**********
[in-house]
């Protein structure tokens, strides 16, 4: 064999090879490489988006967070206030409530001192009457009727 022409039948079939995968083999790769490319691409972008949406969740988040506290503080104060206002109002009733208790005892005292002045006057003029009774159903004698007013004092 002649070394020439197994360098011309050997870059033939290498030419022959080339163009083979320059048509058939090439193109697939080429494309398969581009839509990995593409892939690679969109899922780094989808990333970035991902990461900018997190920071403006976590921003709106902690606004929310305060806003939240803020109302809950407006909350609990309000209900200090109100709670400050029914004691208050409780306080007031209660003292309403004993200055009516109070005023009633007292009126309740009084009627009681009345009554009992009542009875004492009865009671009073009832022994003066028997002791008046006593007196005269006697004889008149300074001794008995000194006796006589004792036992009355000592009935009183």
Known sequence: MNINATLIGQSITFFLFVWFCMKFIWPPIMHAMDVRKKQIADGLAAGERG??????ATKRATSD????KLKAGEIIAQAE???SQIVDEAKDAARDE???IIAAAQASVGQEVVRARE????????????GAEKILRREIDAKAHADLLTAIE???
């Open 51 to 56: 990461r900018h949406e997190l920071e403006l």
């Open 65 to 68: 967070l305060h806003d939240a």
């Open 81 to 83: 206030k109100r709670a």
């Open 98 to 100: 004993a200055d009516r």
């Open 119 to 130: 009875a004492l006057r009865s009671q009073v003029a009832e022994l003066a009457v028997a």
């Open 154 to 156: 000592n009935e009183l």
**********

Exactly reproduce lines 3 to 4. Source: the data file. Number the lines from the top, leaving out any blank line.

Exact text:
Known sequence: MNINATLIGQSITFFLFVWFCMKFIWPPIMHAMDVRKKQIADGLAAGERG??????ATKRATSD????KLKAGEIIAQAE???SQIVDEAKDAARDE???IIAAAQASVGQEVVRARE????????????GAEKILRREIDAKAHADLLTAIE???
């Open 51 to 56: 990461r900018h949406e997190l920071e403006l």